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Satanic cults constitute a world in which evil reigns, so keeping them clandestine is essential. But one young German woman has dared to speak openly about growing up in such a cult.
Experts say cult members are abused and kept from speaking of their experiences
It's the stuff of insipid Hollywood films: cults in which Satan worshippers drink the blood of animals and make human sacrifices during special ceremonies.
But for Laura, who was born into such a world in the Muenster region in western Germany, it's a bit closer to reality. She's managed to escape the cult, but it was a long, painful process.
"My father was well respected in the sect and he started training me at a young age to do what the circle wanted," she explained. "That I allow everything to be done with me, that I wouldn't cry or scream or respond to the pain, and that I would not say anything to anyone outside the group. We were supposed to do what the higher power wanted."
Prostitution in the name of Satan
Satanic cult victims' reports eerily echo the film plot of "Rosemary's Baby"
For Laura, the higher power used to be Satan, and she said she was forced to accept pain, torture and rape in his name. But it also meant that she had to lead to parallel life. To the outside world, she presented herself as a normal schoolgirl; in the other, secret world, she was a servant at black masses and Satanic rituals.
"I was expected to be completely obedient to men," she said. "When I was supposed to prostitute myself, then I was told that the higher power wanted the circle to have money."
The money went straight into the group's coffers, and it was the group who chose the clients.
Marburg-based religion expert Adelheid Herrmann-Pfandt said Laura's parents exposed her to a Satanic cult that is particularly worrying - one that celebrates an especially brutal form of Satanism and keeps itself out of the public's eye.
"Those who conduct these really extreme practices are not recognizable in society," Herrmann-Pfandt said. "They don't go running around with upside-down crucifixes in their hands. They want to stay under the radar their entire lives."
Babies are said to disappear
Brigitte Hahn, the sect commissioner for the Catholic Diocese of Muenster, agreed. She said 30 victims of such Satanic cults have sought help from her office. Some of the women described black masses, which also included ritualistic abortions and even murder.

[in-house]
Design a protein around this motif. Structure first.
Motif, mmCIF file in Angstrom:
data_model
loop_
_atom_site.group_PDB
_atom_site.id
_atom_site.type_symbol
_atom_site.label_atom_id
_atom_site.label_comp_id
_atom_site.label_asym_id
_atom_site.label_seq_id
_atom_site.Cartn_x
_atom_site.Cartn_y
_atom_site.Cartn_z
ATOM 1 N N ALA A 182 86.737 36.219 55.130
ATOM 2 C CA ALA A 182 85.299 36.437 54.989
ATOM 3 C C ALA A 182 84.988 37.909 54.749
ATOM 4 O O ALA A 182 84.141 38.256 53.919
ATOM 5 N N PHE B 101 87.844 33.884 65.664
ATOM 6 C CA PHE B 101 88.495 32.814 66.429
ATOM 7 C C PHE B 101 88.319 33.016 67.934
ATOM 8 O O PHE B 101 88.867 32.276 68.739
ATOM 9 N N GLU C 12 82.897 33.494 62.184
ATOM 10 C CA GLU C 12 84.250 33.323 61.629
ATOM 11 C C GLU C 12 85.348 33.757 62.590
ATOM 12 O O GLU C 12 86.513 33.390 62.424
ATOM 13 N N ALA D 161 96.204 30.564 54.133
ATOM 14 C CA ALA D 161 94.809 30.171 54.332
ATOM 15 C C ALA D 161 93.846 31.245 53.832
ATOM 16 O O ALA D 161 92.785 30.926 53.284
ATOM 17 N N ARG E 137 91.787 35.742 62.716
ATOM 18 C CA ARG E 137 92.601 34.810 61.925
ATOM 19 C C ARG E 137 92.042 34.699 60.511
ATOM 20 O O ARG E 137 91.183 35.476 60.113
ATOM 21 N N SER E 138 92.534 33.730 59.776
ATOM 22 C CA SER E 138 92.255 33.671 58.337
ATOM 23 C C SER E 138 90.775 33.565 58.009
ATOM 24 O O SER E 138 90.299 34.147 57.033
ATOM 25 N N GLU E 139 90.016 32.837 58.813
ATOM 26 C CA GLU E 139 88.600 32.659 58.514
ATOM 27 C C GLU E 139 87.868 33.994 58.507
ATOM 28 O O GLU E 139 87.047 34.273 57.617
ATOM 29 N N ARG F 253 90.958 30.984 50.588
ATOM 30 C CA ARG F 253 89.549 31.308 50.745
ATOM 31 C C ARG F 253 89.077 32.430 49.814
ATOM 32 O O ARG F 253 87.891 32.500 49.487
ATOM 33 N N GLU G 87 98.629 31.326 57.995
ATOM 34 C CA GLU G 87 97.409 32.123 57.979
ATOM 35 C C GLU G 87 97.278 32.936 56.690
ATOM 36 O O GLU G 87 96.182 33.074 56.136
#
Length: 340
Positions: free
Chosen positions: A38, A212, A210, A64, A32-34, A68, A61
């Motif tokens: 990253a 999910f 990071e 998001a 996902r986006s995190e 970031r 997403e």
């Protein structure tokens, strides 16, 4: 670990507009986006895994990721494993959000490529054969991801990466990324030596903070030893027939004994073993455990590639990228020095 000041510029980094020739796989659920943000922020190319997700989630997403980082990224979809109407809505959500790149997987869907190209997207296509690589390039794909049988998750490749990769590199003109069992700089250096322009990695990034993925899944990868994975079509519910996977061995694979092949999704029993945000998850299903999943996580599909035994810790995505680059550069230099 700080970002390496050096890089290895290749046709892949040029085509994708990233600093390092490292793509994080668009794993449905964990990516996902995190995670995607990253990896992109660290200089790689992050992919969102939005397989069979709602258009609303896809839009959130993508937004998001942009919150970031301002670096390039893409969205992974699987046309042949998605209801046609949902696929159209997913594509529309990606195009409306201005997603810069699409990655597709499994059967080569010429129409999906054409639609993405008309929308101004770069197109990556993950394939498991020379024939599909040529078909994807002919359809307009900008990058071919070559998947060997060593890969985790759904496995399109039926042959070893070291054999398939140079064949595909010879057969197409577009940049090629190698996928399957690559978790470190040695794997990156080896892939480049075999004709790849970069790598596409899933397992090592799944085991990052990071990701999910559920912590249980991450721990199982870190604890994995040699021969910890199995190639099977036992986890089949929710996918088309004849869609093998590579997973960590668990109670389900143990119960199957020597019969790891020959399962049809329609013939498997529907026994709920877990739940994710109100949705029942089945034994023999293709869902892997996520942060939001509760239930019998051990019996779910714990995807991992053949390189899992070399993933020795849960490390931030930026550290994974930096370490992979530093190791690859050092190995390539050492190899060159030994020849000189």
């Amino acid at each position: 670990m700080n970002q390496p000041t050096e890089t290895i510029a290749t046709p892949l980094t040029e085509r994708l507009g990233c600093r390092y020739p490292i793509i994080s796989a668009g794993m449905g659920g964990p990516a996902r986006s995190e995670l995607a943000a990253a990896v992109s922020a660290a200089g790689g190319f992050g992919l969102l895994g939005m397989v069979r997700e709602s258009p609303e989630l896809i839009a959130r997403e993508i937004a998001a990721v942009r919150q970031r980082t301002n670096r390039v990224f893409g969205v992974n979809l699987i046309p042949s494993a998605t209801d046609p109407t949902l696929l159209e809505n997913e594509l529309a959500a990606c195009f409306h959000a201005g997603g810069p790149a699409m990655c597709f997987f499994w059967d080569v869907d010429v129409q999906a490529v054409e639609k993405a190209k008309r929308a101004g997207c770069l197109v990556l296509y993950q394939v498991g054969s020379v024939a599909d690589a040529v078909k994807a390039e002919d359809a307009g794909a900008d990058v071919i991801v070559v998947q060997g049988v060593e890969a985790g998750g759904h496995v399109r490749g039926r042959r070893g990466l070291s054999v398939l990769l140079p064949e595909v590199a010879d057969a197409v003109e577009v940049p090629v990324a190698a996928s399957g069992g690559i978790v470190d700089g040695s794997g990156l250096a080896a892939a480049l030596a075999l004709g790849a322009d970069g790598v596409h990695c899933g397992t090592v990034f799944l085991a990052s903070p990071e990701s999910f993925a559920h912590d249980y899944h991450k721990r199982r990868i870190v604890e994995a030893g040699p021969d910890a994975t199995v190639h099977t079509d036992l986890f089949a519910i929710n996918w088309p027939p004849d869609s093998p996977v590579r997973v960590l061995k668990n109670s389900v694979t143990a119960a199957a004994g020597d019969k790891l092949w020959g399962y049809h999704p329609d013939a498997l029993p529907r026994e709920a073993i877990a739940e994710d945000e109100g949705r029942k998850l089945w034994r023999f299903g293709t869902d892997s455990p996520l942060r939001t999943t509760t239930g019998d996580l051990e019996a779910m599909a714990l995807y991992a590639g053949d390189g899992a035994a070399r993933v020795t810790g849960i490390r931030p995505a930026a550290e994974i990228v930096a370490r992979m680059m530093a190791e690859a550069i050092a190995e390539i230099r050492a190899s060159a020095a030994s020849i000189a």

Women said they were abused as children by cult members
"The women say they are impregnated during special ceremonies," Hahn said. "Then there are rituals for delivering the babies and sacrificing them. The pregnancies are kept secret, the babies are born but disappear."
In 2008, Hahn sent around a survey to 2,000 doctors and therapists in the state of North Rhine-Westphalia, of which Muenster is a part. Some 120 responded saying they had female patients who had suffered violence in Satanic groups.
Alfons Strodt, capitular in the Catholic Diocese of Osnabrueck, has helped former members of Satanic cults for years. He has collected drawings they have created of the rituals - images of children lying on an altar, or bound on a cross.
"In the beginning, I had to process all of this alone," he said, adding that it took a long time until others in the Church started believing him. "People would tell me to stop making up such stories.
"I'm grateful that our bishop and the vicar-general now believe me and realize that it is an issue that can no longer be kept under wraps," he said. "Now, the victims can get some of the help they need."
Constant state of fear
Church officials in Muenster have begun offering help to former cult members
However, because many of the victims are traumatized and mentally ill, it is hard to determine whether their accounts truly reflect reality. Offering support to the victims is also challenging, Strodt said.
"There were threats that our churches would be blown up with bombs, or set on fire," Strodt said. "I was under surveillance. That takes its toll - the feeling that they are always nearby is scary."
But people cannot remain silent about the phenomenon of Satanism, said religion expert Herrmann-Pfandt, who investigates what occurs such groups.
"It's really about transcendental experiences - and blood often plays a major role," she said. "Some people say it intensifies the experience, and it seems to put them in a state of arousal. And the cults play on that."
Laura said the turning point came when she was supposed to have a child for her parents' Satanic circle. She escaped the cult then and now lives in a high-security shelter for traumatized women. Though she has not pressed charges against her parents, she has left records of her experiences with a lawyer.
"In the event of my death, even if it appears to be an accident or suicide, all of the data will be sent to the district attorney's office," she said. "It's my form of life insurance - so they don't feel they can try to do something to me or try to kill me."
Author: Heike Zafar (als)
Editor: Sean Sinico